-Kill him. While they could fight without the intent to kill, Kuleshov is unlikely to survive being beaten without the cold, the heat finishing off whatever's left of him.

      -Destroy the weather control device, without confronting Kuleshov. If the party decides to focus on the machine instead of confronting the doctor, he will flee, trying to use what cold remains outside to last until he can find another way to survive. He will NOT be friends with the party, at worst feeling betrayed by the PC who was his neighbor for so long. Maybe he dies. Maybe he builds that freeze suit, and comes back as a villain with a vendetta. It's up to the DM.
      Last edited by Bluecho; 09-08-2019, 12:07 PM.


      • #4
        4) Trouble Down the Twoson Well [DnD; short dungeon]:
        A hamlet has been troubled recently by bandit attacks, always occurring at night. Those who survive the encounter speak of darkness even deeper than night befalling them suddenly, and being assaulted by brigands who seemed to fade into the shadows effortlessly. The bandits spoke a strange foreign tongue, and fought with styles unknown in those parts. The bandits rob people blind, of whatever supplies they can get their hands on.

        Most recently, a family who moved into a farmhouse ("the old Twoson place") a mile or two away from the hamlet disappeared, and haven't been heard from since shortly after settling into the property. If the party elects to investigate the farmhouse, they find most of the family murdered, though one survivor may be hiding in the attic, to deliver exposition as the DM requires. Examination of the house and grounds will reveal little of interest besides the bodies, except for an old, overgrown well near the edge of the property, at the bottom of a hill and partly obscured from the road by trees. Several footprints lead directly to the well.

        Climbing down the well reveals it goes directly into a subterranean lair.

        The Dungeon: Beneath the ground is a series of tunnels partly carved from natural cave formations. An earlier civilization carved them as the basement levels of some surface structure, but obviously the latter decayed to nothing long ago. For centuries, the tunnel entrances were buried, the structure and its builders forgotten. Decades ago, the previous owners of the farm (the Twoson family) built their house and dug the well. Sometime after misfortune caused the farm to be abandoned, an earthquake or a particularly heavy rain caused the bottom of the well to collapse, opening up into the roof of the dungeon beneath.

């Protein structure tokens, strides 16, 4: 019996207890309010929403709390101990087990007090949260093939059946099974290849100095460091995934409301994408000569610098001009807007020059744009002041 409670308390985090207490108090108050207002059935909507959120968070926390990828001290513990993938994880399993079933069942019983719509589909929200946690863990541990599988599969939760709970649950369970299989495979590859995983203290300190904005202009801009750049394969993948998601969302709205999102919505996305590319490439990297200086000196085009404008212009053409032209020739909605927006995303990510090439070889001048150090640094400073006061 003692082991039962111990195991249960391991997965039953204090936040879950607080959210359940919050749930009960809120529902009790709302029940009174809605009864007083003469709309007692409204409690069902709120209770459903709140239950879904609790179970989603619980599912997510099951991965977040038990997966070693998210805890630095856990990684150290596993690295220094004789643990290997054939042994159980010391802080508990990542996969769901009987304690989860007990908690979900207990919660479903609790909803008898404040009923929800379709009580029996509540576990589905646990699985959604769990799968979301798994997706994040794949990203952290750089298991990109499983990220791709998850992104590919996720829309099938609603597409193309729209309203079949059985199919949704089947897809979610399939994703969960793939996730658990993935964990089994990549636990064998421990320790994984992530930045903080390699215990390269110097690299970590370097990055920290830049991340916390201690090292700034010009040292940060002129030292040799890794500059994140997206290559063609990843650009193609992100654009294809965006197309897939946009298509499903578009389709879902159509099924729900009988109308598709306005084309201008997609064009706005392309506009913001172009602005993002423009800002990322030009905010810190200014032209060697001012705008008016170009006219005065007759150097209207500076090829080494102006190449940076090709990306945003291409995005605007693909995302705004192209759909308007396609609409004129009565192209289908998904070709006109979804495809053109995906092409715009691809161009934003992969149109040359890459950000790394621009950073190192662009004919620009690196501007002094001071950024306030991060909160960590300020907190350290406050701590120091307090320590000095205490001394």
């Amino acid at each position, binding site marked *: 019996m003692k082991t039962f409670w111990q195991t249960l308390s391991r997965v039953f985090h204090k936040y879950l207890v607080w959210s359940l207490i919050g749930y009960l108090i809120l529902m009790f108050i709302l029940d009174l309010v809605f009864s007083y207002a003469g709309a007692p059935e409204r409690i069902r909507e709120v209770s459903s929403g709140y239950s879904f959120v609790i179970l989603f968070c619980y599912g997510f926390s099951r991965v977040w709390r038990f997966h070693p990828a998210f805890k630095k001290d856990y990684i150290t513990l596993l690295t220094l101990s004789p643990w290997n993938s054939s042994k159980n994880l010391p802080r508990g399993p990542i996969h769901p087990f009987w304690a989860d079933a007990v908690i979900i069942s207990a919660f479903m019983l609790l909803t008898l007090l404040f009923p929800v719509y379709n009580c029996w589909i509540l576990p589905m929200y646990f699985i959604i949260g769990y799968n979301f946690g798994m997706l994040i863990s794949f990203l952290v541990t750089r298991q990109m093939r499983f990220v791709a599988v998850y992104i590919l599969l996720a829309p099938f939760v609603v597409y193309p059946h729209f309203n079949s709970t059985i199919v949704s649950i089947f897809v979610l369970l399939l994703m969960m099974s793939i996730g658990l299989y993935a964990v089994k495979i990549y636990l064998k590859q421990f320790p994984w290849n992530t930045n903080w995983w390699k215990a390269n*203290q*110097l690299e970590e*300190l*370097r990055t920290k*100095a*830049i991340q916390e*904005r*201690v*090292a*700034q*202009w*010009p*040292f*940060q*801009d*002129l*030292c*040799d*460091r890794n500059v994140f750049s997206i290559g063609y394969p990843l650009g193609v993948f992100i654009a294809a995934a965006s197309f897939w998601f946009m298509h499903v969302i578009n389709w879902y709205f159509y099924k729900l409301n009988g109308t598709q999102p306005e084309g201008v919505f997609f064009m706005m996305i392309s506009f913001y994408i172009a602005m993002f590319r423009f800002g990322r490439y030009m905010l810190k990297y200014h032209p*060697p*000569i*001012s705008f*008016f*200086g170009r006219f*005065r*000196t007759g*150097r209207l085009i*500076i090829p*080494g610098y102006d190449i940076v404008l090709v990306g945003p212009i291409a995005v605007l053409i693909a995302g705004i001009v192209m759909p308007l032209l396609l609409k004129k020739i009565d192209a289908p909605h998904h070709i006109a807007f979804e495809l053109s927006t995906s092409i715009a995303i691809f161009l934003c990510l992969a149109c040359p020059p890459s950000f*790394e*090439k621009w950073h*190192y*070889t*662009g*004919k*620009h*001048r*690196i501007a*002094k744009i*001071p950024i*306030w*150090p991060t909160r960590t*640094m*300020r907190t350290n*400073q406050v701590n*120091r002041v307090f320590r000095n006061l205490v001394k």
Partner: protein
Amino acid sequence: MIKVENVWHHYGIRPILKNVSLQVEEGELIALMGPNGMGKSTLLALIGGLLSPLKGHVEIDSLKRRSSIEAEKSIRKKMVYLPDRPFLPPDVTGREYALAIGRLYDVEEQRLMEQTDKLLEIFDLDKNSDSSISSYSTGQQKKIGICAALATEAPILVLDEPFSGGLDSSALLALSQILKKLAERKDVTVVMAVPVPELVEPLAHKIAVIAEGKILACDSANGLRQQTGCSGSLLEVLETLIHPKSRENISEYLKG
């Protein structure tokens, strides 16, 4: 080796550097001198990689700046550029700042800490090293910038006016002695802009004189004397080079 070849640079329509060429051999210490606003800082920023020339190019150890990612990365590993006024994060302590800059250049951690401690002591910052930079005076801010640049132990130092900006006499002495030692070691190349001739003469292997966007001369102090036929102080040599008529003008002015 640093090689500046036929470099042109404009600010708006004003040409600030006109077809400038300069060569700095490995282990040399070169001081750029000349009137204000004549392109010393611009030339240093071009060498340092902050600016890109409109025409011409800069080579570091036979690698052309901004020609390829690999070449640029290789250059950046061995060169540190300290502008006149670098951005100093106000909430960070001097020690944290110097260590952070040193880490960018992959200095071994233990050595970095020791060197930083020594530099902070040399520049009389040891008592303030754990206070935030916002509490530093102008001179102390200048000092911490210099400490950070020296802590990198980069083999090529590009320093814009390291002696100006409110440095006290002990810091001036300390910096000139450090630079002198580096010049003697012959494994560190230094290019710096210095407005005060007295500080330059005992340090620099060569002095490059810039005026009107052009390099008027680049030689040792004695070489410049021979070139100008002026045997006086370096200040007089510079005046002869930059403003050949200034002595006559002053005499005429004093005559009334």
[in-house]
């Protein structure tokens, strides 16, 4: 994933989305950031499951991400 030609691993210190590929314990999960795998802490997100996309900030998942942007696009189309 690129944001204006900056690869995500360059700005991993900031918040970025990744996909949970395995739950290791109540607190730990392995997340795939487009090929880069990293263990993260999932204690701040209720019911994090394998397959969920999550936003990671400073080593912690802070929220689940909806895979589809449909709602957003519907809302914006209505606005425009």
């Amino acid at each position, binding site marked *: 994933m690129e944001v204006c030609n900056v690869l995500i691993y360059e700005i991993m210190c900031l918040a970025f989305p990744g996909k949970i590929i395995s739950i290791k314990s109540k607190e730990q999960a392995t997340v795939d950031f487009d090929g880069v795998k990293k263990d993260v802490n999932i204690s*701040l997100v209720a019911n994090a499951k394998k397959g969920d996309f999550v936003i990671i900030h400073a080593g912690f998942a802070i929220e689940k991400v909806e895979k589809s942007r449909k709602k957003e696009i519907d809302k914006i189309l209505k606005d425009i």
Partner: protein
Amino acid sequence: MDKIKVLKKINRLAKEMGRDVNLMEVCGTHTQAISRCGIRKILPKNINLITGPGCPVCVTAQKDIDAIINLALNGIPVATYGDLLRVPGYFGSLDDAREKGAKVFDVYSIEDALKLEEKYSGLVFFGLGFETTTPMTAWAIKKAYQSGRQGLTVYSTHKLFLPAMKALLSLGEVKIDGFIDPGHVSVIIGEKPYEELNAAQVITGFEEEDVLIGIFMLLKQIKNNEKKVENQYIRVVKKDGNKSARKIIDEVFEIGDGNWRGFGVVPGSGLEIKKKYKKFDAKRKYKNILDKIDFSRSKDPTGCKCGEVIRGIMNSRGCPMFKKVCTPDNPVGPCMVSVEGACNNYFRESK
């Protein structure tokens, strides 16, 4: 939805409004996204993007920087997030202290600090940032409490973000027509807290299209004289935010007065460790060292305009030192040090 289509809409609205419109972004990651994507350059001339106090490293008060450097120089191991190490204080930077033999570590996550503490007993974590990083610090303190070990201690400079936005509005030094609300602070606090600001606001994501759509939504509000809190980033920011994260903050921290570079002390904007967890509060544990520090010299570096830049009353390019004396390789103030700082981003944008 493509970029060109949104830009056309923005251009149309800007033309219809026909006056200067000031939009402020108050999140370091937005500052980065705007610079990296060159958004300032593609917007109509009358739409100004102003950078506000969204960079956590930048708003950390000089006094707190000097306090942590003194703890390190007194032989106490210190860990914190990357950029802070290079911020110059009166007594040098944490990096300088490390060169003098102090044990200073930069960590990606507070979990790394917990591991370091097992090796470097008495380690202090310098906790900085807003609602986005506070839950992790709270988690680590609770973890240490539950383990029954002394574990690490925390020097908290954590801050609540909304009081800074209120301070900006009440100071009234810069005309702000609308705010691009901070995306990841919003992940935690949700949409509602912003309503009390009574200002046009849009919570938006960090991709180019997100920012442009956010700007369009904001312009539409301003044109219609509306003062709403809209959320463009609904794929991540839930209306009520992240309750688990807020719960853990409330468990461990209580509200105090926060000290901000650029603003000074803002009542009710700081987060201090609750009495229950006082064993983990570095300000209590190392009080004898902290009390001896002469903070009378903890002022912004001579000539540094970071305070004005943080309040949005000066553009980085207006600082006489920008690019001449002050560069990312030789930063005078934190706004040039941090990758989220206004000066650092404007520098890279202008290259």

Monsters: The current inhabitants are a squad of a dozen odd Drow, what remains of a military company exiled for one crime or another. Their leader - a brooding Drow veteran - led them out of the Underdark and across the land, until they took brief shelter in the abandoned farmhouse. They discovered the well's secret by chance when they sought to quench their thirst, and opted to move into the dungeon. The underground space was roomier and more to the liking of the light-sensitive dark elves, and moreover it was far less conspicuous than the farmhouse. They've been hunting and raiding ever since, under the cover of night to evade notice as best they can.

        They know they've failed in this regard, several victims fleeing and no doubt making known their activities (though not their identities or base of operations). What makes leaving difficult is that the Drow bandits have a prisoner stored in a makeshift cell. A minor Drow noblewoman, taken hostage back in the Underdark to facilitate their escape. Moving her around is problematic, and doing so without risk of discovery even moreso. But they dare not let her go (lest she lead surface dwellers or even other Drow to them), nor do they dare kill her (she's still a possible bargaining chip against their former countryelves).

        To round off the list of threats, the Drow could have brought any number of creatures with them - like giant spiders or strange underdark hounds - or captured local wildlife (or beasts being transported by merchants) and trained them to fight. (Imagine the Drow captain assisted in battle by a jet-black panther). The natural cave portions of the dungeon may, by contrast, be the den of some native monster beyond Drow control, such as oozes or giant moles.

        Treasure: Aside from whatever wealth the Drow took with them from the Underdark or stole from merchants, the main point of interest is the Drow noblewoman. While she's perfectly Evil, she will offer great rewards to any adventurers who free her from bondage and escort her back to the Underdark. She may even make good on her promises, if the PCs treat her well. If not...well, the Drow can always do with more slaves. Either way, this minor diversion could easily spin off into further adventures in the Underdark.
        Last edited by Bluecho; 09-09-2019, 12:20 AM.


        • #5
          5) Betty Blacktooth's Gingerbread Mansion [DnD; Medium Dungeon]: